Indonesia’s central bank has trimmed a lending rate from 7 per cent to 6 per cent in what one analyst dubbed “stealth easing”. But for now, it has opted to leave the repo rate, its new benchmark, at 5.25 per cent.

Ahead of the decision late on Friday, half of 22 economists surveyed by Bloomberg were expecting some form of easing. Some still expect more cuts to the benchmark rate.

Bank Indonesia had kicked off the global easing party with a rate cut in January, with further cuts in February, March and June. Policymakers are trying to stoke growth and encourage consumer spending as the shine has come off the world’s commodity price boom in the wake of China’s slowdown. Today, the central bank said it expected growth to remain “sluggish”.

In a statement, it said:

Despite improving on the back of increased consumption and improvements in the labor sector, the US economy in Q2 grew below projections due to weak investment data. In addition, the US economy remains beset with uncertainty, with the Fed Funds Rate hike expected only once in 2016. Meanwhile, moderate economic growth is forecasted in Europe, overshadowed by the Brexit. Moderate economic growth in China is expected because public investment has thus far failed to stimulate an indebted private sector that is at overcapacity. On the other hand, in the commodity markets, the global oil price, while remain low, shows early indications of a rebound. Nonetheless, the prices of several salient export commodities from Indonesia are starting to improve, including CPO, coal and tin.

Monetary policy transmission through the credit channel is not yet considered optimal, evidenced by limited credit growth. Credit growth at the end of Q2 is at 8.9% (yoy), increased from 8.7% the previous quarter. On the other hand, deposit growth was observed to slow from 6.4% (yoy) the previous quarter to 5.9% (yoy). Bank Indonesia expects the looser monetary and macroprudential policy mix, coupled with the tax amnesty, to stimulate credit growth and, therefore, encourage future economic growth.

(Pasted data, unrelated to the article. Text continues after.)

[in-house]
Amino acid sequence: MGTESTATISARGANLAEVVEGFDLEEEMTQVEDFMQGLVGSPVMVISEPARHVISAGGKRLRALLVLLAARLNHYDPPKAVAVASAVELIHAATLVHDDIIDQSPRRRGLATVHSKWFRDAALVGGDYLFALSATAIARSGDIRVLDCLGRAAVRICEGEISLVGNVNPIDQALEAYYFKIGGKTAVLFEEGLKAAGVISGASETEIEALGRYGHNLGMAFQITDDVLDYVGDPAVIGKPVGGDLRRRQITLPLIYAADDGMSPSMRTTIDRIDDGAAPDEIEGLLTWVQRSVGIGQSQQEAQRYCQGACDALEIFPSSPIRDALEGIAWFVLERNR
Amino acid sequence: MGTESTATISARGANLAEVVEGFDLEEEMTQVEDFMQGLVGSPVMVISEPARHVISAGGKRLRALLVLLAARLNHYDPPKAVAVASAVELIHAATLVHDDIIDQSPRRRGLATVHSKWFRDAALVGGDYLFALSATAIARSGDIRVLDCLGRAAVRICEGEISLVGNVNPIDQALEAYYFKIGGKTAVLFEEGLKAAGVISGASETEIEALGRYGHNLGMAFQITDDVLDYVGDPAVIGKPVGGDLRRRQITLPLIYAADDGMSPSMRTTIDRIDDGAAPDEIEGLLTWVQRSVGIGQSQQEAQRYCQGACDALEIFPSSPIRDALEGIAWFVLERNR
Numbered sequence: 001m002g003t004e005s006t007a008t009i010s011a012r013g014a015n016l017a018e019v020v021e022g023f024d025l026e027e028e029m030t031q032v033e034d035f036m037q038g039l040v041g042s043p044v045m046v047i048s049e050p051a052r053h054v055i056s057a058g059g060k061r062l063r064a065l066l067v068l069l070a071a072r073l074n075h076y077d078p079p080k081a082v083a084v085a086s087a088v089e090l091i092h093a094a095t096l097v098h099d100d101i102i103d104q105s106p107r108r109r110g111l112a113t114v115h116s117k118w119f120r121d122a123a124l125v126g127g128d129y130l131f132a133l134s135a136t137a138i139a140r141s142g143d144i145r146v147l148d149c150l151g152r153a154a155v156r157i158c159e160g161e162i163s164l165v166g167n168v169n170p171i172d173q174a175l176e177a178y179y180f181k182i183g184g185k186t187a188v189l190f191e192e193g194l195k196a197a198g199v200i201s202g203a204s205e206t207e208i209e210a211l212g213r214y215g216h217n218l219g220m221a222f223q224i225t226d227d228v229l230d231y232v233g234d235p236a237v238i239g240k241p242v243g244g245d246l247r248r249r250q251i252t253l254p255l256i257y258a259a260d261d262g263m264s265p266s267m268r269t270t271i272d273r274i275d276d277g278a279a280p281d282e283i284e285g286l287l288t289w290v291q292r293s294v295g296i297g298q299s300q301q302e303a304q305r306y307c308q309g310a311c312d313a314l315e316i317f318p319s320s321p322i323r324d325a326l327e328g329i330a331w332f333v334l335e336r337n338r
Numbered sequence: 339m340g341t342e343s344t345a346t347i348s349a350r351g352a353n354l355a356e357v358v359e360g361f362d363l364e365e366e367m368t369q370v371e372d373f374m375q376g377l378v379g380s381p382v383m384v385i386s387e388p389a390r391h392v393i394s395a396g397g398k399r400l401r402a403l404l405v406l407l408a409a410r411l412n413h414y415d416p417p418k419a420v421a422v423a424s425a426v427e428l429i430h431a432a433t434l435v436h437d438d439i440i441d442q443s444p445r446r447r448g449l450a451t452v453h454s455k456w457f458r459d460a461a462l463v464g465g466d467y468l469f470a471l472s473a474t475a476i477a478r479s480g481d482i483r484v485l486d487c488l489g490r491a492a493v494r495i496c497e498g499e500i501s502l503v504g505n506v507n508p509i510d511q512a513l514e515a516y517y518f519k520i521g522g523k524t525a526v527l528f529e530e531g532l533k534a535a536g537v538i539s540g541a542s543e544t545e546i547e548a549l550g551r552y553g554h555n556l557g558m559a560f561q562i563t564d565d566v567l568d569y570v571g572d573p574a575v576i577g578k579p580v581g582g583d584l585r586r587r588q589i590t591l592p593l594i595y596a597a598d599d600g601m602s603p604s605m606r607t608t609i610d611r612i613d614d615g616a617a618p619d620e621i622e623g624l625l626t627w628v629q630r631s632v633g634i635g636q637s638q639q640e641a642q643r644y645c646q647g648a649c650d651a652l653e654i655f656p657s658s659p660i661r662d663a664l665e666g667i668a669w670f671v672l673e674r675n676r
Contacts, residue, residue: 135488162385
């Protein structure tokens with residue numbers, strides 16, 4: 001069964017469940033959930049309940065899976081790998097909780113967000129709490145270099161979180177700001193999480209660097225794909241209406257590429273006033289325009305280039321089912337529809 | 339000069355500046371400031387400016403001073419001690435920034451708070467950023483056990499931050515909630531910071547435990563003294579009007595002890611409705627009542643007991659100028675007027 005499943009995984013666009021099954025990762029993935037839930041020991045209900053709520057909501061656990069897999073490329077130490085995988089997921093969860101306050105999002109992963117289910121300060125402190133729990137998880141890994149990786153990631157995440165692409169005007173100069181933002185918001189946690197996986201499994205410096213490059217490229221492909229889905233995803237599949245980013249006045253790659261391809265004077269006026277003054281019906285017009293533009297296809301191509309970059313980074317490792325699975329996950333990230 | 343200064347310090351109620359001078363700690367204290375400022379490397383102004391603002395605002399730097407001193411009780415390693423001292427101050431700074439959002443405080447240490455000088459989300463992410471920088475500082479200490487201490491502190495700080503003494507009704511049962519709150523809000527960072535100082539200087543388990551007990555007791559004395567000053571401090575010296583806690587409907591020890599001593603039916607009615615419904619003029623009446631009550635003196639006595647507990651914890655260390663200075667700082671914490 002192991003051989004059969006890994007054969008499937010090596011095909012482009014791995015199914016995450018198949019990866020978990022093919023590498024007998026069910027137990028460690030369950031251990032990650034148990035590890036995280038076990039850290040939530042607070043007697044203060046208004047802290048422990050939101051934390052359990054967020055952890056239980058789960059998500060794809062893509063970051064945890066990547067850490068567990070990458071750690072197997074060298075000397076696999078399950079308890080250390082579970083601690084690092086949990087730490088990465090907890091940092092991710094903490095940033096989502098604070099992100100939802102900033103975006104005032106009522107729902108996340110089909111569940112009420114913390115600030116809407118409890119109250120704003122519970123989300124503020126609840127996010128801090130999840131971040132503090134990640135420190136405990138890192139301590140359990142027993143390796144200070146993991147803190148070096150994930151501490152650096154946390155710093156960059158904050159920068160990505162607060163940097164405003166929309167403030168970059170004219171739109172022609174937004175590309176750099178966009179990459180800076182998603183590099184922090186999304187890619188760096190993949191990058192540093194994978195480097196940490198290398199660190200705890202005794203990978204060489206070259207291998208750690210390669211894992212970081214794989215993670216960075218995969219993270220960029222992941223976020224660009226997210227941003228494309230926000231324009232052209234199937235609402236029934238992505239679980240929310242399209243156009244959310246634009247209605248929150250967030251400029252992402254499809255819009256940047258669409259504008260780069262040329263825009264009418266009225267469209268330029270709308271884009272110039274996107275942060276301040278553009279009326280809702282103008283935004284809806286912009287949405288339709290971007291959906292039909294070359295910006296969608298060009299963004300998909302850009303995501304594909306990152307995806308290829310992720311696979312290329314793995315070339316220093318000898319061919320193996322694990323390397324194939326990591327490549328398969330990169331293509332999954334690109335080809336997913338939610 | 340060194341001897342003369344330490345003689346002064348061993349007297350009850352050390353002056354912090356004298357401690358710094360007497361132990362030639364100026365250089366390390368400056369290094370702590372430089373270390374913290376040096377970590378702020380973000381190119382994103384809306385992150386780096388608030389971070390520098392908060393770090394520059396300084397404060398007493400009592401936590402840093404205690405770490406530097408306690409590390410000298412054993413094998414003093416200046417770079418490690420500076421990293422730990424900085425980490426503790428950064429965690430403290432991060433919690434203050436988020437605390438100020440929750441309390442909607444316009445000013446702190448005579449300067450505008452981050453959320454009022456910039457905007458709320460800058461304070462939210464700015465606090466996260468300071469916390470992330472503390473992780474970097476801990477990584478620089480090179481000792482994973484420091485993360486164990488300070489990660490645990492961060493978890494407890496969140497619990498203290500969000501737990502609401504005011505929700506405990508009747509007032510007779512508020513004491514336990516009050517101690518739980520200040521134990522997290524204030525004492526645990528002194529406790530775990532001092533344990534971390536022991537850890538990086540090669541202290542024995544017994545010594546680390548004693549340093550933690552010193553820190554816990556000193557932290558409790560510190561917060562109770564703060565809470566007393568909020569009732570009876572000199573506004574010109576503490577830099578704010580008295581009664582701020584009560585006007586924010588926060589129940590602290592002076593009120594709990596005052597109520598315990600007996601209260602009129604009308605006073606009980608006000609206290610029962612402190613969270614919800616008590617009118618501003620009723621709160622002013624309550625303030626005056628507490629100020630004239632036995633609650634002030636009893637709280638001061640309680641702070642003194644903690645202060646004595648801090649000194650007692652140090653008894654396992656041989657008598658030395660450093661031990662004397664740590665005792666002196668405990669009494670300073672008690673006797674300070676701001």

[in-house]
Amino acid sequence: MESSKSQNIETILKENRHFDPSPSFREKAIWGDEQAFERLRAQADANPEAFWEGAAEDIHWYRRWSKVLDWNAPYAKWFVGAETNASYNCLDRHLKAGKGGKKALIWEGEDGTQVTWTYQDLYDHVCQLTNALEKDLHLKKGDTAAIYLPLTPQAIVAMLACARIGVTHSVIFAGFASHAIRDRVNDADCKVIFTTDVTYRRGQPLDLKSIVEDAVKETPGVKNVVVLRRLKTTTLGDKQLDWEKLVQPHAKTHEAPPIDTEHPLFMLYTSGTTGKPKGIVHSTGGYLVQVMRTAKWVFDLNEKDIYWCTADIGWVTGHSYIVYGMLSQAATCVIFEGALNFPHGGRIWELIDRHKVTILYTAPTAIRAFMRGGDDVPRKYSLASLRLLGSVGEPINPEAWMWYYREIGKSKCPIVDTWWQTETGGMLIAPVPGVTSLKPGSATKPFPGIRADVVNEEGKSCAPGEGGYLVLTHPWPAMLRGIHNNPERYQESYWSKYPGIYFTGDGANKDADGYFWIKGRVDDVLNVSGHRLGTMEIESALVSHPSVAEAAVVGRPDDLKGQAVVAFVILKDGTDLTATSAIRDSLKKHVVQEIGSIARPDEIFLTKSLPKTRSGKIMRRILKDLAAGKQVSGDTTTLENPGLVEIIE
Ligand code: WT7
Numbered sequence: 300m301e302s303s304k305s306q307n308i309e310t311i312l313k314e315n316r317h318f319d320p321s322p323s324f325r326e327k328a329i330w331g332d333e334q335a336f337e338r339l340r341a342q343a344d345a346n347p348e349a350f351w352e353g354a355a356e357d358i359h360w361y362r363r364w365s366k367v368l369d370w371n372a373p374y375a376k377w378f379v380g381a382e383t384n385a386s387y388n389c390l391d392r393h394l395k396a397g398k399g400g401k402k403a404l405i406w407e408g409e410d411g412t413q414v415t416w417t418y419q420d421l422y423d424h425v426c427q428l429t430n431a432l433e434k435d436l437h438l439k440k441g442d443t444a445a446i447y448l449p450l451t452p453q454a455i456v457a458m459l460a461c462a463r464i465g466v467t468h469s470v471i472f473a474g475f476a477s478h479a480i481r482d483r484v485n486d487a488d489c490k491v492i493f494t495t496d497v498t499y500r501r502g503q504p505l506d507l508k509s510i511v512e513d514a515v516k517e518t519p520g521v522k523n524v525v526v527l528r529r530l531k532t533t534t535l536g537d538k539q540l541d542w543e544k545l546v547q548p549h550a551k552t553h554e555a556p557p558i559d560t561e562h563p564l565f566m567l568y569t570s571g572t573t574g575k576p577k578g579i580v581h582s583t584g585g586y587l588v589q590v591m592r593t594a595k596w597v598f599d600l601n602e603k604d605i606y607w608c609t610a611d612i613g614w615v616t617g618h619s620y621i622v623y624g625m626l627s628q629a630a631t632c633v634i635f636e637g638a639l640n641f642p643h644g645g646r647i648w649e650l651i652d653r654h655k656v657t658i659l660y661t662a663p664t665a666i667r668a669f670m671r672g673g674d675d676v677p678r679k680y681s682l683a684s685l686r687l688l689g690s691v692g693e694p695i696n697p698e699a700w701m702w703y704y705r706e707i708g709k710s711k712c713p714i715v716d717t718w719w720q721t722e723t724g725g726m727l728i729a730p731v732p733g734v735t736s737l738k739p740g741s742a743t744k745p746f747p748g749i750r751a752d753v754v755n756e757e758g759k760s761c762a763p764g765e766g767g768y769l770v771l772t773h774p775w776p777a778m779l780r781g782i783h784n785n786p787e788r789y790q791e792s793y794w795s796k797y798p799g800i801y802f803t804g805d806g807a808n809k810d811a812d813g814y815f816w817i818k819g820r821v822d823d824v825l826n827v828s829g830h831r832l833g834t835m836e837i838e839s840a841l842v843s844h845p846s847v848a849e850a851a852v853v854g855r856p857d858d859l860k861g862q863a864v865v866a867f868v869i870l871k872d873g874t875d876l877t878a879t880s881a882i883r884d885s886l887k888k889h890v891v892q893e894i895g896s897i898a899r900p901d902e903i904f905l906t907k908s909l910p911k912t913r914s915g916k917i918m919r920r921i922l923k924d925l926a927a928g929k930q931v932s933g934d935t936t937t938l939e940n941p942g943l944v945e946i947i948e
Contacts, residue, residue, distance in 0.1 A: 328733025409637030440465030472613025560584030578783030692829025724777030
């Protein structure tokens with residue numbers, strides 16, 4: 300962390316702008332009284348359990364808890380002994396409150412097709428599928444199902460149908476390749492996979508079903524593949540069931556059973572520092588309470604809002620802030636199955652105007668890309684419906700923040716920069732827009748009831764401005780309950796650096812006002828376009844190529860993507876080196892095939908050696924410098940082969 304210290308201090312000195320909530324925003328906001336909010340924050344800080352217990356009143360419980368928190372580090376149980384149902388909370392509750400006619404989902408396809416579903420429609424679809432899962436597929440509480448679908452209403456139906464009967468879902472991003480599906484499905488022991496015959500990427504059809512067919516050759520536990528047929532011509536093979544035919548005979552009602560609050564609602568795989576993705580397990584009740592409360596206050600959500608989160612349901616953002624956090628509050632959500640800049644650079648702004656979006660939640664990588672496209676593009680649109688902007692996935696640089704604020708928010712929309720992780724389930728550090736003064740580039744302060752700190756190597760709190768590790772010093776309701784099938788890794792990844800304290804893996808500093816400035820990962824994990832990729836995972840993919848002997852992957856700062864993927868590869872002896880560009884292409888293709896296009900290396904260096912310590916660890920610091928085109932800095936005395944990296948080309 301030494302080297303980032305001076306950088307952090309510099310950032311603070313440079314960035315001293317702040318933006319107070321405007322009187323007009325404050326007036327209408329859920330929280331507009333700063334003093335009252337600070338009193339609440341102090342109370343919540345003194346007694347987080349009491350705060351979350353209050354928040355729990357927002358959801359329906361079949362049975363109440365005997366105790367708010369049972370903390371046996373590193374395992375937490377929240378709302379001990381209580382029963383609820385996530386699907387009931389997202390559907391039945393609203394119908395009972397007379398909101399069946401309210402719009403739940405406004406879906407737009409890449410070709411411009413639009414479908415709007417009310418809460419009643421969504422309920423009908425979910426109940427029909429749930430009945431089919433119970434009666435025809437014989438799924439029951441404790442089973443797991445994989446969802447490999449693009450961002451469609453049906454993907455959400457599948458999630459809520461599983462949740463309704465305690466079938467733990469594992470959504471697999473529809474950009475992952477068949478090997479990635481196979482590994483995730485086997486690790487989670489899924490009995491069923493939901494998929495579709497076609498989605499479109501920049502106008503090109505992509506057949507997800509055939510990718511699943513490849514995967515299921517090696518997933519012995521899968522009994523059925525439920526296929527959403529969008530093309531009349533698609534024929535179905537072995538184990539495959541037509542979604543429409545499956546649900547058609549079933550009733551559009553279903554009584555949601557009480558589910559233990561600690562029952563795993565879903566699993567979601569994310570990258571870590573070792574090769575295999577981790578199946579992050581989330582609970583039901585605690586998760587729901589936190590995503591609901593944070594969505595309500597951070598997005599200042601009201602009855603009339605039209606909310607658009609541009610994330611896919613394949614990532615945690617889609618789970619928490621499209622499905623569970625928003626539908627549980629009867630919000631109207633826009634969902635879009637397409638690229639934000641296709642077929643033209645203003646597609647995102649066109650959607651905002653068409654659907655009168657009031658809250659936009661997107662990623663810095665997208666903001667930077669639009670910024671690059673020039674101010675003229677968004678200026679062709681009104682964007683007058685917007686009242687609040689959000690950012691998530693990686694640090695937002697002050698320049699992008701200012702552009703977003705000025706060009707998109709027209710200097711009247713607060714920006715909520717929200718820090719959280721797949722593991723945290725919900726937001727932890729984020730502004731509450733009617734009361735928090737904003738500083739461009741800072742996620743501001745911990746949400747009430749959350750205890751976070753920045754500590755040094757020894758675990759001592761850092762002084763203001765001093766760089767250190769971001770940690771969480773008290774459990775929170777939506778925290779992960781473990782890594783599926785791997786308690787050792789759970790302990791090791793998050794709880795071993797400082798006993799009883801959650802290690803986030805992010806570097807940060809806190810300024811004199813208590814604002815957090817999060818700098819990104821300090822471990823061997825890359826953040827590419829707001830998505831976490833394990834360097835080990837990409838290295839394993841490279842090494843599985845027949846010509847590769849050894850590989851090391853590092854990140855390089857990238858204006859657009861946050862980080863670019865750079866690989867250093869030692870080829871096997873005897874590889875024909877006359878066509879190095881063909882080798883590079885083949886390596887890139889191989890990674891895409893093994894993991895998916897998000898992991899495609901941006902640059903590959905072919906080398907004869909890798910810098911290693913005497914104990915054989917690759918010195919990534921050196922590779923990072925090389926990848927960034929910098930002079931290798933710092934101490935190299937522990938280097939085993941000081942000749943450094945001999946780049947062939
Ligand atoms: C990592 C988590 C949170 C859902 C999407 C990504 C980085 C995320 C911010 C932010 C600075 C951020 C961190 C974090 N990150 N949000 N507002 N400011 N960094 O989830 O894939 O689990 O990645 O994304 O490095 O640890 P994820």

Indonesia’s economy grew more than expected in the second quarter, but the central bank lowered its 2016 GDP outlook to between 4.9-5.3 per cent against a previous forecast of 5 and 5.4 per cent. At its peak, growth was running at a healthy 6 per cent.

Win Thin at US bank BBH says:

We got some stealth easing. The new policy rate of 5.25% is lower than the old one at 6.5%, and BI also narrowed the corridor around the 7-day rate by cutting the Lending Facility rate 100 bp to 6.0% while the overnight deposit rate was left unchanged at 4.5%. Officials also said that the monetary policy transmission would be better under the new policy rate.

Officials obviously left the door open for further easing.

Gareth Leather at Capital Economics notes:

The economy could do with more support. Although growth picked up in the second quarter, the acceleration was largely due to a sharp rise in government spending, which is unlikely to be repeated given the government’s need to rein in spending in order to meet its deficit target.

[Clarification: This post has been amended to make it clearer that the new benchmark rate has remained unchanged. Only the lending rate has been trimmed today.]

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